Wednesday, September 23, 2015

A Self-Made Queen

The social craft described in The Courtier seemed strikingly familiar to the social craft, though less documented, of today. The concept of Sprezzatura, in particular, caught my interest. As I made my way through the additional readings, the mentality of the courtier shed light on court culture, especially the persona of Queen Elizabeth I.

The most telling element of sprezzatura is its method of self-making. In the Courtier it comes across as a sort of vain trick. It guides you to reluctantly and casually revealing your qualities to give an air of superiority. It manipulates what your peers see and focus on in order to gain favor. Though vain, it is clearly a political tactic. It was a tactic so popular and effective that we know and use it today. From the research I have done, it seems simplistic to characterize Queen Elizabeth’s political strategy as sprezzatura, but her presentation of self and control of how she is perceived by her country derives from the same place.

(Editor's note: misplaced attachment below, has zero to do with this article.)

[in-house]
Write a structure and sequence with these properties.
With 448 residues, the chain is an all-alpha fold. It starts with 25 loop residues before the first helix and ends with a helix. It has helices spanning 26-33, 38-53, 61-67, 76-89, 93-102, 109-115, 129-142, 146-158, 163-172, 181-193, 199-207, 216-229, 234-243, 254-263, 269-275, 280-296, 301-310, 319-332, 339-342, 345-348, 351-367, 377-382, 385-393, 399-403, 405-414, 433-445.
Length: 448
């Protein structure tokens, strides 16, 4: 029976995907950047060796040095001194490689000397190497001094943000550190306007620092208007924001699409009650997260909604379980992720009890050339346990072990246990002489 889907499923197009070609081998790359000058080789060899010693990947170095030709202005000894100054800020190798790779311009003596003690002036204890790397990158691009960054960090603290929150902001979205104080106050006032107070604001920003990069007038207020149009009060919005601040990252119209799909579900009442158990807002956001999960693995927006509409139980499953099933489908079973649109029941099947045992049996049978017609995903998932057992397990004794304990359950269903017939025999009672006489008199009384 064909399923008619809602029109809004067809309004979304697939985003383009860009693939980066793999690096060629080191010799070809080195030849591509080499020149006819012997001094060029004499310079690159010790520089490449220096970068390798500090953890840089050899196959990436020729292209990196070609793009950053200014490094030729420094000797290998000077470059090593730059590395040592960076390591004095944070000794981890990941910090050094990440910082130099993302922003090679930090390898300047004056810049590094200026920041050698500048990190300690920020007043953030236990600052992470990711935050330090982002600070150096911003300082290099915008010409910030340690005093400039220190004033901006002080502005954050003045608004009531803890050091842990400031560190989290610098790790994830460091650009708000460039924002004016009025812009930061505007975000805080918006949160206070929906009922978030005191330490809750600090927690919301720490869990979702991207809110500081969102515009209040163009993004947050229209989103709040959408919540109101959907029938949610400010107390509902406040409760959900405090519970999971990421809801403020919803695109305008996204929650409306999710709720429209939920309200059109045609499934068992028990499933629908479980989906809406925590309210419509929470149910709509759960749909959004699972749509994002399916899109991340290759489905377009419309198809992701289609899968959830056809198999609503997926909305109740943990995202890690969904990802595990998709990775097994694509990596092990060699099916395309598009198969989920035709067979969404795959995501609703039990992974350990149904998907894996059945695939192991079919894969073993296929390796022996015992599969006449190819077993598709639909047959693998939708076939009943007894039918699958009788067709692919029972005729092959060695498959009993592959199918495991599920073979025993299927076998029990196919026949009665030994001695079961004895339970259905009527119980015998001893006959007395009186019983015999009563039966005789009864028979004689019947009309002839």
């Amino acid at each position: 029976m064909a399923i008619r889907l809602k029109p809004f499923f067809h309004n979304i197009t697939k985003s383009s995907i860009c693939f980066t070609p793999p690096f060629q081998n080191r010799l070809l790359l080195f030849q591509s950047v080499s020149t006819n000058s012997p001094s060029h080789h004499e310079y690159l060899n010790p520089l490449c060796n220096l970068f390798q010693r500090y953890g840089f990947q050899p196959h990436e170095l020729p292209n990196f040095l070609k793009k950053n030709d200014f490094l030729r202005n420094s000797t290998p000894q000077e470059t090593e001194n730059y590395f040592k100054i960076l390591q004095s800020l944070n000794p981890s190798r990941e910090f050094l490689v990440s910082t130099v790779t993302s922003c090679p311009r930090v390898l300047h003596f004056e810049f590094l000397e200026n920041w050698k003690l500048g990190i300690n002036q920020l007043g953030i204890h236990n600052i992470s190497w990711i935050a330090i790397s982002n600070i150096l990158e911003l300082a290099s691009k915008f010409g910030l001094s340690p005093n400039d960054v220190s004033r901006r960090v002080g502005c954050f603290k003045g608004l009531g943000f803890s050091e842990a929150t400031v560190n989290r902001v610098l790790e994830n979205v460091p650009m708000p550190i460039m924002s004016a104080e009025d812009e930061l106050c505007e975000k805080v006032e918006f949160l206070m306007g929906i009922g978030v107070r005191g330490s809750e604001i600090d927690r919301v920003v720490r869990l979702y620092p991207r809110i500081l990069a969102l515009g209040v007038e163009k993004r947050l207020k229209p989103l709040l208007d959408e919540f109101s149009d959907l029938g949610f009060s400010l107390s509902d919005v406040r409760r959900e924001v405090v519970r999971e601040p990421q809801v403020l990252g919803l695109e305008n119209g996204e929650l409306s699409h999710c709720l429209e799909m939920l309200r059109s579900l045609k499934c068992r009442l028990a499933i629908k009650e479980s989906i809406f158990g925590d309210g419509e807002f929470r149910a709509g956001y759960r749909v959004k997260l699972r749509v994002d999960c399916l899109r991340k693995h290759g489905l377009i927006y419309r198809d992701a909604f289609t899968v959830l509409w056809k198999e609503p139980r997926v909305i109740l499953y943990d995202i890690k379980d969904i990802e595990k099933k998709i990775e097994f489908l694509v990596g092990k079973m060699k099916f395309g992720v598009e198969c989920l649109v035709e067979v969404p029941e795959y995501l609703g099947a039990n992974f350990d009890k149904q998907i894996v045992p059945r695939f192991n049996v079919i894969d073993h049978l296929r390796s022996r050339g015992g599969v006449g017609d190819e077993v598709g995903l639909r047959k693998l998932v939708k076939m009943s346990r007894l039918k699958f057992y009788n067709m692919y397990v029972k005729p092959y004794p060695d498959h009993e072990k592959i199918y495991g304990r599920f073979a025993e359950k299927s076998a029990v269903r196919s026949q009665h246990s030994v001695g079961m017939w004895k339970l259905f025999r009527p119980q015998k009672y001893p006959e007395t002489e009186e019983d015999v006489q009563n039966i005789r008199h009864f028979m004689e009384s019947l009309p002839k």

Queen Elizebeth walked a fine line as a female monarch. She commanded the job of a man while cultivating the social benefits of a virgin queen. This play and bend of gender roles is her most difficult and important moment of self making.

“I call this rather odd thought construct the "virtual gender" of Elizabeth I. "Virtual" here signifies that she has full potentiality to perform feminine roles as a wife and mother but also that it is valid for her, as sovereign, to leave these feminine roles unactualized, concentrating instead on the office, qualities, and roles of a monarch. I have found "virtual gender" to be a primary component of the rhetoric of Elizabeth's public self-representations”(Meuller 3).

The art depicting Queen Elizabeth clearly shows this claim of both genders. Iconic Images such as the one above show a woman taking up the space of a man. Her femininity is asserted just as her masculinity and dominance is asserted. The video below is a clip from a film dramatization of her life and it is an excellent example of a virgin queen claiming the leadership and loyalty of king.


  1. I like the idea of thinking about gender roles and what roles she may or may not have to take on. How fluid did she have to be, and what did she do to demonstrate what role she was currently in?

  2. Its interesting to think about the culture at the time and how Queen Elizabeth just defied all expectations. Women weren't given much, yet a male dominated society was ruled by a woman. Yet, in some ways she still had to portray a male-like leadership to be accepted.